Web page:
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Silent Fight as Geno makes return


Geno Atkins came off PUP Wednesday but the Bengals are going to take his return slowly.

The only thing more notorious than Geno Atkins' first step is his last word because there are so few of them that come before it.

The guy who defensive line coach  Jay Hayes calls "a man of few words," was the talk of Bengals training camp Wednesday when he passed his physical and came off    the physically unable to perform (PUP) list.

He's not all the way back yet because the Bengals know he's going to be in the starting lineup Sept. 7 in Baltimore, so they're going to bring him along gradually off his ACL surgery as he starts Wednesday's practice in the limited category.

But just to have the two-time Pro Bowl defensive tackle back in the huddle even in Wednesday's walk through gave everyone a lift. Particularly his linemates. Especially the man that plays next to him.

"Geno is one of the best defensive tackles in the game. It's going to uplift everybody.  We're excited to have him back, back in the groove and we can't wait to get him back out there working with us," said Domata Peko before Wednesday's practice. ""I'm sure the entire city is glad he's back."

As usual, it's tough to know how the man himself feels. Since he suffered the injury Halloween night in Miami, Atkins has been less talkative than usual. He ducked out of the locker room Wednesday morning with what was thought to be a no comment. But his coach and mates more than made up for it in paragraphs.

Even a guy on the other side of the ball, left guard Clint Boling, took note of Atkins' return. Boling, coming off his own ACL surgery, says his game has benefitted from going up against a guy he calls the best defensive tackle he's played in the NFL.

So he joked, ""I'm probably the only in the building disappointed he's back."

"I know what they tell me," Hayes said. "Does he tell me? He says, 'When I'm ready I'll be out there.'  That's all he ever really says. He doesn't say a lot. A man of few words. But what he says, he means.

"From the things I've heard and what he said…And I've seen him lift and do stuff. He'll be all right. He looks good. I saw him squatting one day. He looks like Gene."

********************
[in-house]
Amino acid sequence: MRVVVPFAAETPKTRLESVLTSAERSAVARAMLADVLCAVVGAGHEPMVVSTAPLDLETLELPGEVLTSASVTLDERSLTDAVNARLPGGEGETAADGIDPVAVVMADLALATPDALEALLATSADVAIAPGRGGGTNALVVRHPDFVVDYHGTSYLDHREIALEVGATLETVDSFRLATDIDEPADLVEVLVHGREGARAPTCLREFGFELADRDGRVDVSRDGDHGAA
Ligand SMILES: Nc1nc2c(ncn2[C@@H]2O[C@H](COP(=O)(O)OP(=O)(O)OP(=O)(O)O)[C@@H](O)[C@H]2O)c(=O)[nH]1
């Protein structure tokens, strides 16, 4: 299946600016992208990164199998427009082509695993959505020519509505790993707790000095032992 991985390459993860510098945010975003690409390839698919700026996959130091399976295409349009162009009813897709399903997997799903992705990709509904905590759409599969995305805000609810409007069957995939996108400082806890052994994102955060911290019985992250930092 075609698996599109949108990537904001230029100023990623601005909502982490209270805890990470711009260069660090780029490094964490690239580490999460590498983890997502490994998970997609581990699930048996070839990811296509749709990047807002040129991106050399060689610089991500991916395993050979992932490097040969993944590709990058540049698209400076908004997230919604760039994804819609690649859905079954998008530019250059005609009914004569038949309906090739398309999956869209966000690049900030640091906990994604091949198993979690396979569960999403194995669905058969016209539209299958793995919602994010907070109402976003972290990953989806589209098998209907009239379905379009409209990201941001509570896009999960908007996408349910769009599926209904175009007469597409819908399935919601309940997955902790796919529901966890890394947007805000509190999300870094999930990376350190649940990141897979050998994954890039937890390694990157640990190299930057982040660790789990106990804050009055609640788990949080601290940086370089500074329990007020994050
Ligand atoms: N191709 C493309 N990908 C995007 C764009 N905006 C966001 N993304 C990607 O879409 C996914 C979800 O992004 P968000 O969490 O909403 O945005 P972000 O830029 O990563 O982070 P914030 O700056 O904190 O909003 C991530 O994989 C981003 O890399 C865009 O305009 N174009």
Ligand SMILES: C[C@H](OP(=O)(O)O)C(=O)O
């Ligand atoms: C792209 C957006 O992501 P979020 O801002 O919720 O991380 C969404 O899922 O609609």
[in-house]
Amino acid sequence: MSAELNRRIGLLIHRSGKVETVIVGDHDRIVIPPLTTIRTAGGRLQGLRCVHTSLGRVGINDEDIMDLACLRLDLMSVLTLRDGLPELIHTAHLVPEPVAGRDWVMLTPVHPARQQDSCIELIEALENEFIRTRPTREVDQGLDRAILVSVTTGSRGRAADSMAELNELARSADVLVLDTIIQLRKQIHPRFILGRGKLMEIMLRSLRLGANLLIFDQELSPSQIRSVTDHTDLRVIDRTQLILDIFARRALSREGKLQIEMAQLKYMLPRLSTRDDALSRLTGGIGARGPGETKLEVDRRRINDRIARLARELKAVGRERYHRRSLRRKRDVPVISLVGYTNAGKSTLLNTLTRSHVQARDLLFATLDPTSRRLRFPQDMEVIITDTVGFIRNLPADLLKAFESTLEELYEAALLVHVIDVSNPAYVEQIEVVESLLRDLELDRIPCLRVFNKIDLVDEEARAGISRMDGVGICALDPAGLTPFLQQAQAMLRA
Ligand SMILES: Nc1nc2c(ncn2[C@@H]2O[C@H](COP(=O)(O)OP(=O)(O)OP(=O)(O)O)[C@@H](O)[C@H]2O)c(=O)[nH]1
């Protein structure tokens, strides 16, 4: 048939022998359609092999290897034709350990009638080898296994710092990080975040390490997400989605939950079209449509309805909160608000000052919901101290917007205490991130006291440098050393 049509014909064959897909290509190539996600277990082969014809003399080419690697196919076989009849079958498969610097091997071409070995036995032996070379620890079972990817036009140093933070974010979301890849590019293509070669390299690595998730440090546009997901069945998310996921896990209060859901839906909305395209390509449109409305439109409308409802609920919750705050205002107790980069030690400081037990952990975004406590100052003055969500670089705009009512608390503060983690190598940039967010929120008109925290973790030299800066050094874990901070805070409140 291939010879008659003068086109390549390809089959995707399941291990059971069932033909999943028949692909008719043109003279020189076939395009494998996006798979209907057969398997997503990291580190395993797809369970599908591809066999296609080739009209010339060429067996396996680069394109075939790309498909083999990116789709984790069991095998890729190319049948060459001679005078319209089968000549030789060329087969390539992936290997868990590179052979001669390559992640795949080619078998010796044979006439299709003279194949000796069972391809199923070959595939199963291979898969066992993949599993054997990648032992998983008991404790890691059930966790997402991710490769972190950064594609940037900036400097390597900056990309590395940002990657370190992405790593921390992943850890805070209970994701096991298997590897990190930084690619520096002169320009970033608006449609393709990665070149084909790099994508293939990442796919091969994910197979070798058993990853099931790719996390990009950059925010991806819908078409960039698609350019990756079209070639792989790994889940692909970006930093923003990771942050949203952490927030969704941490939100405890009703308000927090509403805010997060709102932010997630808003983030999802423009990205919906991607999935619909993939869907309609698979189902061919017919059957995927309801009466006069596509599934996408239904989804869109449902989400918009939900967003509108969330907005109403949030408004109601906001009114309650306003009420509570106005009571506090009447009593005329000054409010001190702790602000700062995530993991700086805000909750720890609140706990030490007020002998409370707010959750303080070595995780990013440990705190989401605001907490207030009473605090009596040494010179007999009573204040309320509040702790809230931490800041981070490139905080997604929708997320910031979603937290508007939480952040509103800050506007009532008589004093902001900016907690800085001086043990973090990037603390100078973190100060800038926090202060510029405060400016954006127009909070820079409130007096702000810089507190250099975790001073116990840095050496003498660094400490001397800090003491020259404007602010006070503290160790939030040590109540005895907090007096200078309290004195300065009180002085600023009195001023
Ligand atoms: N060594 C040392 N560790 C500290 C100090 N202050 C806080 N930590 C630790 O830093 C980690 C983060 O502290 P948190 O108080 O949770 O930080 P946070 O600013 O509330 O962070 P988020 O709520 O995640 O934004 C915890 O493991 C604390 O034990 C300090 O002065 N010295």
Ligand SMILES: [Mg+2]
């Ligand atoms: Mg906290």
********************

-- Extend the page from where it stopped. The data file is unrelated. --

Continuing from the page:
And that means the Bengals again have the best inside pass rusher in the NFL. In his first 57 games, Atkins averages .51 sacks per game compared to the .49 Hall-of-Fame defensive tackle Warren Sapp averaged in his 198-game career.

"Not only is he a hell of a pass rusher, one of the best inside pass rushers in the game, but he's a hell of a run stopper, too.  Especially in that zone scheme," Peko said. "He can blow an offensive guard back and destroy plays… Teams are always going to have to respect him because he can change the whole game.  "A lot of teams game plan just for 97."

Start with his start, that ex0plosive first step. Then go to his monstrous weight-room strength, the leader of all the Bengals' veterans.

"When you have a guy like him out there, the rules change. People will adjust their protections to find where 97 is. We see that. We deal with it," Hayes said. "We are always trying to get him in situations where he can get one on one with somebody. Sometimes on a double team they have trouble with him.  If you can get him in one on one situations, people are going to have a long day. Whoever that guy is, he's going to have a bad day. I'm sure he'll get back to that soon and just be himself."

That's the question. The Bengals have to find out if the surgery has sucked out any of that explosion. But they won't rush him. The injury happened like most in trench warfare. No rhyme or reason. Stuff happens when the bodies of large men are flying and spinning on the ground.

"We're going to be smart how we use him and how we expose him to everything that's happening," Hayes said. "Make sure as he goes through the days that he practices we're not going to over expose him or needlessly put him in danger.

"The biggest thing will be a feel. How he feels. Just staying on his feet with people standing around him. He just has to get his se legs under him," said Hayes, who played defensive end in the old USFL. "When I played I got hurt at the beginning of the year once. I came back and played. It's just comfort level. You feel like you can protect yourself and just feel strong again. This is on that road to that. It's a matter of him getting out there and putting his body in different positions and seeing how that holds up, and then go to the next thing and the next thing."

Even on his big return day Atkins didn't have much to say to the guys, although Hayes said he thought he caught, "a little gleam in his eye." He couldn't tell if his mates or Atkins was more excited. When they put him in the walk through, Hayes could sense an "Oooh, here goes Gene,' from the gathering.

"It was good. He was in for a few plays and we switched the group and I said, 'You stay out there.' Everyone just kind of chuckled," Hayes said.

Atkins doesn't even say much to his teammates, never mind the media. But Peko is pretty sure the more Atkins gets confident in his knee, he'll back to his old two-word self.

"I ask him how he's doing and he says, 'Good.' 'So how's your weekend? 'Awesome,'" Peko said. "But me and the guys talk about him and say that once he gets back in the swing of things and gets back on the practice field, he'll start opening up a little bit more."

Talk about going under the radar. The Bengals also activated sixth-rounder Marquis Flowers, a linebacker out of Arizona. Flowers had been nursing a hamstring issue since late in spring drills. He didn't mind giving the stage to Atkins.

I'm just glad I can start playing again," Flowers said.

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